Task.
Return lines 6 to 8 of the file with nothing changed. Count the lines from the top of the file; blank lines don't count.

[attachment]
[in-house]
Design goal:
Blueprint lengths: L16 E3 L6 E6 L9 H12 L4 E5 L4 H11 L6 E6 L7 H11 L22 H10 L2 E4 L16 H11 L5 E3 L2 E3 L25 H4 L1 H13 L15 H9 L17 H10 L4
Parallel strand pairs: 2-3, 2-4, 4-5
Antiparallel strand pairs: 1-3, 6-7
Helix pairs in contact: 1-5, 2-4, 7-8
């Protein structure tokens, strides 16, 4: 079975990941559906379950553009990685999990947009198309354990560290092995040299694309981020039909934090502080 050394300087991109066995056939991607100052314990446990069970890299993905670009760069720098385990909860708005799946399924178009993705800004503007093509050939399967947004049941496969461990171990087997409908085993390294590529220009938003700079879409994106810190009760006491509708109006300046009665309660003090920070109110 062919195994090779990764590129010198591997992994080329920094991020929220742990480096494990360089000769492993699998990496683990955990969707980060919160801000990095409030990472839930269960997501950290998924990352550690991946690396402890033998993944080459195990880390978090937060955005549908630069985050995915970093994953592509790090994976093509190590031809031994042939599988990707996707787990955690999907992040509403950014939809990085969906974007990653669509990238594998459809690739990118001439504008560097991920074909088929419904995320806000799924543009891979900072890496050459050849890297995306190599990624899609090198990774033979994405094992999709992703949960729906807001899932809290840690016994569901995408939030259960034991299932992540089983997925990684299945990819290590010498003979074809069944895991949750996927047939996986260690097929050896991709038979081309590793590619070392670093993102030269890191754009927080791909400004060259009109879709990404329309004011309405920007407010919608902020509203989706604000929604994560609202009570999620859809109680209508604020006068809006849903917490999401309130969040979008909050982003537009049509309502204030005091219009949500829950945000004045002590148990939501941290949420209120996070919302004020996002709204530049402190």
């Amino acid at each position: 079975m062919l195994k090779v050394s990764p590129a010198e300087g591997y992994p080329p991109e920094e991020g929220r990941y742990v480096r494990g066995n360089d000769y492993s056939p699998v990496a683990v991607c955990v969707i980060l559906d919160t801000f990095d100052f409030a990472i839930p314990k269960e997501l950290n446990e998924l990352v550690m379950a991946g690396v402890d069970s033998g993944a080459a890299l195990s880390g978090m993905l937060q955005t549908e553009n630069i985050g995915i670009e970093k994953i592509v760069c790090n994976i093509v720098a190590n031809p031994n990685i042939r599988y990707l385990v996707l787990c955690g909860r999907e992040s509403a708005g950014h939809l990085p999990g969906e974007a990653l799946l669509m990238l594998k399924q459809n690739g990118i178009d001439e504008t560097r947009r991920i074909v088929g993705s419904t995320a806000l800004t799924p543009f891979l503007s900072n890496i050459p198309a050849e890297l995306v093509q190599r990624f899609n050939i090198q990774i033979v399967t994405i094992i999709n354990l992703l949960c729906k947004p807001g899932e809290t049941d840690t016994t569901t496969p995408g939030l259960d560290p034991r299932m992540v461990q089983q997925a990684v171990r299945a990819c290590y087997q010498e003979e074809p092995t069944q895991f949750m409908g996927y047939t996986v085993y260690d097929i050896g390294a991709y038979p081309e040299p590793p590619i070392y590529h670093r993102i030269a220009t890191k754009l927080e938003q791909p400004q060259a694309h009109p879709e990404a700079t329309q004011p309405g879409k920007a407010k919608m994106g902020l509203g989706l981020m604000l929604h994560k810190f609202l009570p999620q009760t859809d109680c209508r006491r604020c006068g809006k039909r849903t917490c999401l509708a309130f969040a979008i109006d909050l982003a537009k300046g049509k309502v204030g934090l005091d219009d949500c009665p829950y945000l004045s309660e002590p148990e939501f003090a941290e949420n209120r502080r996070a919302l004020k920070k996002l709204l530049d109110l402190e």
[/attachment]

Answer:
Helix pairs in contact: 1-5, 2-4, 7-8
């Protein structure tokens, strides 16, 4: 079975990941559906379950553009990685999990947009198309354990560290092995040299694309981020039909934090502080 050394300087991109066995056939991607100052314990446990069970890299993905670009760069720098385990909860708005799946399924178009993705800004503007093509050939399967947004049941496969461990171990087997409908085993390294590529220009938003700079879409994106810190009760006491509708109006300046009665309660003090920070109110 062919195994090779990764590129010198591997992994080329920094991020929220742990480096494990360089000769492993699998990496683990955990969707980060919160801000990095409030990472839930269960997501950290998924990352550690991946690396402890033998993944080459195990880390978090937060955005549908630069985050995915970093994953592509790090994976093509190590031809031994042939599988990707996707787990955690999907992040509403950014939809990085969906974007990653669509990238594998459809690739990118001439504008560097991920074909088929419904995320806000799924543009891979900072890496050459050849890297995306190599990624899609090198990774033979994405094992999709992703949960729906807001899932809290840690016994569901995408939030259960034991299932992540089983997925990684299945990819290590010498003979074809069944895991949750996927047939996986260690097929050896991709038979081309590793590619070392670093993102030269890191754009927080791909400004060259009109879709990404329309004011309405920007407010919608902020509203989706604000929604994560609202009570999620859809109680209508604020006068809006849903917490999401309130969040979008909050982003537009049509309502204030005091219009949500829950945000004045002590148990939501941290949420209120996070919302004020996002709204530049402190």
């Amino acid at each position: 079975m062919l195994k090779v050394s990764p590129a010198e300087g591997y992994p080329p991109e920094e991020g929220r990941y742990v480096r494990g066995n360089d000769y492993s056939p699998v990496a683990v991607c955990v969707i980060l559906d919160t801000f990095d100052f409030a990472i839930p314990k269960e997501l950290n446990e998924l990352v550690m379950a991946g690396v402890d069970s033998g993944a080459a890299l195990s880390g978090m993905l937060q955005t549908e553009n630069i985050g995915i670009e970093k994953i592509v760069c790090n994976i093509v720098a190590n031809p031994n990685i042939r599988y990707l385990v996707l787990c955690g909860r999907e992040s509403a708005g950014h939809l990085p999990g969906e974007a990653l799946l669509m990238l594998k399924q459809n690739g990118i178009d001439e504008t560097r947009r991920i074909v088929g993705s419904t995320a806000l800004t799924p543009f891979l503007s900072n890496i050459p198309a050849e890297l995306v093509q190599r990624f899609n050939i090198q990774i033979v399967t994405i094992i999709n354990l992703l949960c729906k947004p807001g899932e809290t049941d840690t016994t569901t496969p995408g939030l259960d560290p034991r299932m992540v461990q089983q997925a990684v171990r299945a990819c290590y087997q010498e003979e074809p092995t069944q895991f949750m409908g996927y047939t996986v085993y260690d097929i050896g390294a991709y038979p081309e040299p590793p590619i070392y590529h670093r993102i030269a220009t890191k754009l927080e938003q791909p400004q060259a694309h009109p879709e990404a700079t329309q004011p309405g879409k920007a407010k919608m994106g902020l509203g989706l981020m604000l929604h994560k810190f609202l009570p999620q009760t859809d109680c209508r006491r604020c006068g809006k039909r849903t917490c999401l509708a309130f969040a979008i109006d909050l982003a537009k300046g049509k309502v204030g934090l005091d219009d949500c009665p829950y945000l004045s309660e002590p148990e939501f003090a941290e949420n209120r502080r996070a919302l004020k920070k996002l709204l530049d109110l402190e």